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Related Categories: International | Drug War
Royal Inquest: Princely Trafficking
by Edward Schillinger & Mike Dang
Monday Nov 16th, 2009 5:42 PM
Documentary about Saudi Prince Nayef Al-Shaalan, who was sentenced in absentia to 10 years in jail on charges of involvement in a cocaine smuggling gang [46mins]
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The 53-year-old prince was one of 10 people handed jail terms of four to 10 years in connection with an operation which landed two tonnes of cocaine at an airfield outside Paris in 1999. The judge ruled to uphold international arrest warrants against Prince Nayef and the nine other defendants, who include three former Colombian drugs barons.

Prince Nayef was convicted of illegally importing drugs, of complicity in the transport, detention and provision of drugs and of criminal conspiracy. He is accused of using his diplomatic immunity to smuggle drugs to France on board a private jet. A grandson of Saudi Arabia's founding monarch Abdulaziz and son-in-law to the Saudi deputy defence minister, the prince denies any involvement in drug trafficking. A Saudi representative at the hearing said he intended to appeal.

The investigation leading to his prince's conviction began in June 1999, when police acting on a tip-off seized 800 kilos of cocaine with a street value of $30 million a raid near Paris. Prince Nayef - who is alleged to have made contacts with Colombia's Medellin cartel while studying at the University of Miami in the early 1980s - is accused of providing a jet to transport the drugs from Colombia to Paris.
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by PrentissMcCabe
Monday Nov 16th, 2009 6:46 PM :

"Through an intercepted fax, the Bogota Country Office of the DEA learned of the Paris cocaine seizure and linked the drug smuggling operation to the Saudis. The DEA investigation centered around Saudi Prince Nayif al Saud, whose alias was El Principe (the Prince). Nayif’s full name is Nayif (or Nayef) bin Fawwaz al-Shaalan al-Saud. In pursuit of his international drug deals, Nayif traveled in his own Boeing 727 and used his diplomatic status to avoid customs checks. The DEA report stated Nayif studied at the University of Miami, Florida, owned a bank in Switzerland, speaks eight languages, was heavily invested in Venezuela’s petroleum industry, regularly visited the United States, and traveled with millions of dollars of US currency. Nayif is also invested in Colombia’s petroleum industry.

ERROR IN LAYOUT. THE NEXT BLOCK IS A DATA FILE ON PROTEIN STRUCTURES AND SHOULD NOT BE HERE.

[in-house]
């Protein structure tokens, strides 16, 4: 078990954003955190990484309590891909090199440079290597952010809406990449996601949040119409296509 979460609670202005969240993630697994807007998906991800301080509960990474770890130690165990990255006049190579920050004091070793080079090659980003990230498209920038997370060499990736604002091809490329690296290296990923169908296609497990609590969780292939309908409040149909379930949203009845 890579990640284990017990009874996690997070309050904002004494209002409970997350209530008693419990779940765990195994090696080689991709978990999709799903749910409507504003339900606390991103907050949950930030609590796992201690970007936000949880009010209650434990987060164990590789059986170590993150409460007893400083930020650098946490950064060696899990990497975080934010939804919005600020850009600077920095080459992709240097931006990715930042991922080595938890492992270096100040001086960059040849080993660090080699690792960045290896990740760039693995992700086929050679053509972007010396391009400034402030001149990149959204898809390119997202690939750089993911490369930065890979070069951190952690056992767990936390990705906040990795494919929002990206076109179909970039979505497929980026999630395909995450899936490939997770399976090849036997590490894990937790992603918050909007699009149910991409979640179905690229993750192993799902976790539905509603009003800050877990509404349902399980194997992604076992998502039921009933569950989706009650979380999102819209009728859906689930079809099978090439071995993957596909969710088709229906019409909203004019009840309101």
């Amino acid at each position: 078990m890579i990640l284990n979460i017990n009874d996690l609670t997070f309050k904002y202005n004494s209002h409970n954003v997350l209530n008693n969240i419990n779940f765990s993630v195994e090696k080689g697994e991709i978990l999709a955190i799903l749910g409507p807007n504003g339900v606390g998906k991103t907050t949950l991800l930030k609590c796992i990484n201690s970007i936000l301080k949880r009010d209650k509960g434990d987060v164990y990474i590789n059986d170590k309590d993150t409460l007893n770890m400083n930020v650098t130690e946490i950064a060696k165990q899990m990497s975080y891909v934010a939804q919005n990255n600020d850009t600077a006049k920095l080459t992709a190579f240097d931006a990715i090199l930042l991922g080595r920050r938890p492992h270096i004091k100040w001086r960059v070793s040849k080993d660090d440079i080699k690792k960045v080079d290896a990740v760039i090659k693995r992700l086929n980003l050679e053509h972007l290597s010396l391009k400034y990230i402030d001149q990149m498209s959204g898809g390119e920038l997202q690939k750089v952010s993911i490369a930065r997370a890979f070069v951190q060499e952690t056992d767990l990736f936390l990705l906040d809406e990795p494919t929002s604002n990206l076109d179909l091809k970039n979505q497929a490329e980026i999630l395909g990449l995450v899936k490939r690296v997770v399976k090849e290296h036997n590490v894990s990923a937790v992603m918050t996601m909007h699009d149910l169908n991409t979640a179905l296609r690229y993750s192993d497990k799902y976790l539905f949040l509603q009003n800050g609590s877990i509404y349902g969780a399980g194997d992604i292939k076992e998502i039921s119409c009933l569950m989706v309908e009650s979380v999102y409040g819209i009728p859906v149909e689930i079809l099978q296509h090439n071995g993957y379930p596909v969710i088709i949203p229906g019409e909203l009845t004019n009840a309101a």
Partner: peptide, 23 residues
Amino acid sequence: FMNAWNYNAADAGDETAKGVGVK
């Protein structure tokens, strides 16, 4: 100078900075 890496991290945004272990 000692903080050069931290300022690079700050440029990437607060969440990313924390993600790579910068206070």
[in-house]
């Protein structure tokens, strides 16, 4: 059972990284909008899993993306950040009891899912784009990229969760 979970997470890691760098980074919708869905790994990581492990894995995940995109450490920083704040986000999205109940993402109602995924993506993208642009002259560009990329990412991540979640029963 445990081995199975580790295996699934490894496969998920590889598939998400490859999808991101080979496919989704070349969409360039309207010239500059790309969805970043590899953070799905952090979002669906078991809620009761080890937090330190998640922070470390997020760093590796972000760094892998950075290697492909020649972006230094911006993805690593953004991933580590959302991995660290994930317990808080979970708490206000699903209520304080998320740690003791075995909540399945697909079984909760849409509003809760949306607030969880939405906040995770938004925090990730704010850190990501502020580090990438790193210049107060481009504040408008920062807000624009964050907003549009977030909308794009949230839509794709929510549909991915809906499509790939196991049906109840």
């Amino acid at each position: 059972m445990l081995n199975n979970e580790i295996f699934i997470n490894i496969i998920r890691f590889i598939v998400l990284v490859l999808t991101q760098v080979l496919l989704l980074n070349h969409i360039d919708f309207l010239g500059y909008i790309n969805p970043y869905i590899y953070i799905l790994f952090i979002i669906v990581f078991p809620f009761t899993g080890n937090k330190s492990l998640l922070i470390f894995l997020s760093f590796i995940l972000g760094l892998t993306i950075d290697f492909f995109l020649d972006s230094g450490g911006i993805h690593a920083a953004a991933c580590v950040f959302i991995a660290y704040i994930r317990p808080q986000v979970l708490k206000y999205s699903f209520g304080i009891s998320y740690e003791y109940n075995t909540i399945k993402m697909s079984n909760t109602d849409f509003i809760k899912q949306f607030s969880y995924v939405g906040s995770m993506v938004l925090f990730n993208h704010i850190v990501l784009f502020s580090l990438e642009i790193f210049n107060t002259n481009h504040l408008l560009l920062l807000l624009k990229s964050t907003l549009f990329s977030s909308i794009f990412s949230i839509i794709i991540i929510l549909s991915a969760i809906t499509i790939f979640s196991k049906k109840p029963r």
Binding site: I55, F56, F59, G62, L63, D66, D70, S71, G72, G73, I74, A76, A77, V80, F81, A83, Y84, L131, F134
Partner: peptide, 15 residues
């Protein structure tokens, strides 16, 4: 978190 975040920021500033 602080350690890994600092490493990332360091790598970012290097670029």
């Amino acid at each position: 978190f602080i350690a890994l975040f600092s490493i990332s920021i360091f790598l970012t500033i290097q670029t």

Nayif was also reported to have met with drug cartel members in Marbella (Spain), where the late Saudi King Fahd and the Saudi royal family maintained a huge palatial residence.

The report states that when a group of cartel members traveled to Riyadh to meet Nayif, “they were picked up in a Rolls Royce automobile belonging to Nayif, and driven to the Riyadh Holiday Inn hotel. The next day they were met by Nayif and his brother [believed to be named Saul [sic] [His twin brother is Prince Saud. Nayif’s older brother, Prince Nawaf, is married to King Abdullah’s daughter].)… The second day they all traveled to the desert in terrain vehicles [hummers]. During this desert trip they discussed narcotics trafficking.

The DEA informant (named only as UN) and Nayif agreed to conduct the 2,000 kilogram cocaine shipment, which would be delivered to Caracas, by UN’s people, where Nayif would facilitate the cocaine’s transport to Paris, France. Nayif explained he would utilize his 727 jet airliner, under Diplomatic cover, to transport the cocaine. The Boeing 727 was operated by Skyways International, a Saudi-owned airline with past connections to the mysterious James Bath, George W. Bush’s Texas Air National Guard friend and later Arbusto and Harken Energy investment pass-through between the Saudis and Bush.

These investors included Salem Bin Laden, Osama Bin Laden’s late older brother who was killed in a 1988 plane crash in Texas. Bath was the registered agent for Salem Bin Laden.